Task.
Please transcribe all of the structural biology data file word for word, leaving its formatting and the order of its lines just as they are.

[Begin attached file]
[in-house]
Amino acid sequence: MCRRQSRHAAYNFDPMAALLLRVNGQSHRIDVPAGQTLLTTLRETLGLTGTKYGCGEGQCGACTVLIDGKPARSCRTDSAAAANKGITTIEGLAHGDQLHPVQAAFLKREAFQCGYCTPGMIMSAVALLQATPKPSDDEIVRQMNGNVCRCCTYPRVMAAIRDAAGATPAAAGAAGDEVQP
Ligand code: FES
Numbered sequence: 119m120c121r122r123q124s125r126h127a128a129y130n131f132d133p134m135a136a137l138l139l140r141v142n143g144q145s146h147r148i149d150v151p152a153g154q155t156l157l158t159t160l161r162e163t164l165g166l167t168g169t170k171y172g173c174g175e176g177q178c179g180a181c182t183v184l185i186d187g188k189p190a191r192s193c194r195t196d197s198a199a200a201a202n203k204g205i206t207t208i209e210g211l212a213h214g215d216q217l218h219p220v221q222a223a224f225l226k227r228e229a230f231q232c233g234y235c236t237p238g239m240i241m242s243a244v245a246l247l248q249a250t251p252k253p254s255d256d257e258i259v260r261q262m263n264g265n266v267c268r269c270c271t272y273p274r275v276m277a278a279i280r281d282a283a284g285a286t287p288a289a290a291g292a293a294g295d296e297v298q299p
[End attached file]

[in-house]
Amino acid sequence: MCRRQSRHAAYNFDPMAALLLRVNGQSHRIDVPAGQTLLTTLRETLGLTGTKYGCGEGQCGACTVLIDGKPARSCRTDSAAAANKGITTIEGLAHGDQLHPVQAAFLKREAFQCGYCTPGMIMSAVALLQATPKPSDDEIVRQMNGNVCRCCTYPRVMAAIRDAAGATPAAAGAAGDEVQP
Ligand code: FES
Numbered sequence: 119m120c121r122r123q124s125r126h127a128a129y130n131f132d133p134m135a136a137l138l139l140r141v142n143g144q145s146h147r148i149d150v151p152a153g154q155t156l157l158t159t160l161r162e163t164l165g166l167t168g169t170k171y172g173c174g175e176g177q178c179g180a181c182t183v184l185i186d187g188k189p190a191r192s193c194r195t196d197s198a199a200a201a202n203k204g205i206t207t208i209e210g211l212a213h214g215d216q217l218h219p220v221q222a223a224f225l226k227r228e229a230f231q232c233g234y235c236t237p238g239m240i241m242s243a244v245a246l247l248q249a250t251p252k253p254s255d256d257e258i259v260r261q262m263n264g265n266v267c268r269c270c271t272y273p274r275v276m277a278a279i280r281d282a283a284g285a286t287p288a289a290a291g292a293a294g295d296e297v298q299p